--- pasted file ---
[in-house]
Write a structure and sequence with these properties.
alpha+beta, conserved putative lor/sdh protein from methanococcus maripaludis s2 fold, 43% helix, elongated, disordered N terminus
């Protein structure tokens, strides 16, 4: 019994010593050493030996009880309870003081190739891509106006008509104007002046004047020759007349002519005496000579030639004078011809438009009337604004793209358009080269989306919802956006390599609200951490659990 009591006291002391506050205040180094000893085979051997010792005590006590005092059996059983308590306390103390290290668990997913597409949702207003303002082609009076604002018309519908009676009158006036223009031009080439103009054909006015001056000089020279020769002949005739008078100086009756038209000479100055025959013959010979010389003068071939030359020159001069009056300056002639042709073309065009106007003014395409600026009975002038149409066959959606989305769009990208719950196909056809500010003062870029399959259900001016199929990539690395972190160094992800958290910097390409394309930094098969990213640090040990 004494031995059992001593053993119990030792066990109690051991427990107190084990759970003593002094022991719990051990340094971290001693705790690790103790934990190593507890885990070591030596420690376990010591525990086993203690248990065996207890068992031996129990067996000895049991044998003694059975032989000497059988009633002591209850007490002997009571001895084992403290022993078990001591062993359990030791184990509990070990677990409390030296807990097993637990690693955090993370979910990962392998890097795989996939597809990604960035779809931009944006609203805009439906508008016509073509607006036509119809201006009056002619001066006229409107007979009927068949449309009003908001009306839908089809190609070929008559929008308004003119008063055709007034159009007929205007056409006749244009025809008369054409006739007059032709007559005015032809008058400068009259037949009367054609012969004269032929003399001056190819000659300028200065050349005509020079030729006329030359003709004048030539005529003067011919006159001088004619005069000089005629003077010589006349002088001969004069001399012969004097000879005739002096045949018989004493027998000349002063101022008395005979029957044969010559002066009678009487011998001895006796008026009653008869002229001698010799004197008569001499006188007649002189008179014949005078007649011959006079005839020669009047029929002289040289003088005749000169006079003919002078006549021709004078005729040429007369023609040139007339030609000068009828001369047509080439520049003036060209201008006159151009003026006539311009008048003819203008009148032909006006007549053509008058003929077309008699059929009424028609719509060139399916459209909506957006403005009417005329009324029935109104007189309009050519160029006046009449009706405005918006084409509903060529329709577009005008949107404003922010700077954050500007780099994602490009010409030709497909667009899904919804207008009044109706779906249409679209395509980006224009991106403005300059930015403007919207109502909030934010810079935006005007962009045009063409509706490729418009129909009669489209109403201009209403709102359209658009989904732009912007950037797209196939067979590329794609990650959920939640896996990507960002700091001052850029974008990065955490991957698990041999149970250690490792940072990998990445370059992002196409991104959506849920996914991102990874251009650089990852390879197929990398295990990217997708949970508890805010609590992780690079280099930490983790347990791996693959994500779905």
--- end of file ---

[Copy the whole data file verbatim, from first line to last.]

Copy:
[in-house]
Write a structure and sequence with these properties.
alpha+beta, conserved putative lor/sdh protein from methanococcus maripaludis s2 fold, 43% helix, elongated, disordered N terminus
């Protein structure tokens, strides 16, 4: 019994010593050493030996009880309870003081190739891509106006008509104007002046004047020759007349002519005496000579030639004078011809438009009337604004793209358009080269989306919802956006390599609200951490659990 009591006291002391506050205040180094000893085979051997010792005590006590005092059996059983308590306390103390290290668990997913597409949702207003303002082609009076604002018309519908009676009158006036223009031009080439103009054909006015001056000089020279020769002949005739008078100086009756038209000479100055025959013959010979010389003068071939030359020159001069009056300056002639042709073309065009106007003014395409600026009975002038149409066959959606989305769009990208719950196909056809500010003062870029399959259900001016199929990539690395972190160094992800958290910097390409394309930094098969990213640090040990 004494031995059992001593053993119990030792066990109690051991427990107190084990759970003593002094022991719990051990340094971290001693705790690790103790934990190593507890885990070591030596420690376990010591525990086993203690248990065996207890068992031996129990067996000895049991044998003694059975032989000497059988009633002591209850007490002997009571001895084992403290022993078990001591062993359990030791184990509990070990677990409390030296807990097993637990690693955090993370979910990962392998890097795989996939597809990604960035779809931009944006609203805009439906508008016509073509607006036509119809201006009056002619001066006229409107007979009927068949449309009003908001009306839908089809190609070929008559929008308004003119008063055709007034159009007929205007056409006749244009025809008369054409006739007059032709007559005015032809008058400068009259037949009367054609012969004269032929003399001056190819000659300028200065050349005509020079030729006329030359003709004048030539005529003067011919006159001088004619005069000089005629003077010589006349002088001969004069001399012969004097000879005739002096045949018989004493027998000349002063101022008395005979029957044969010559002066009678009487011998001895006796008026009653008869002229001698010799004197008569001499006188007649002189008179014949005078007649011959006079005839020669009047029929002289040289003088005749000169006079003919002078006549021709004078005729040429007369023609040139007339030609000068009828001369047509080439520049003036060209201008006159151009003026006539311009008048003819203008009148032909006006007549053509008058003929077309008699059929009424028609719509060139399916459209909506957006403005009417005329009324029935109104007189309009050519160029006046009449009706405005918006084409509903060529329709577009005008949107404003922010700077954050500007780099994602490009010409030709497909667009899904919804207008009044109706779906249409679209395509980006224009991106403005300059930015403007919207109502909030934010810079935006005007962009045009063409509706490729418009129909009669489209109403201009209403709102359209658009989904732009912007950037797209196939067979590329794609990650959920939640896996990507960002700091001052850029974008990065955490991957698990041999149970250690490792940072990998990445370059992002196409991104959506849920996914991102990874251009650089990852390879197929990398295990990217997708949970508890805010609590992780690079280099930490983790347990791996693959994500779905």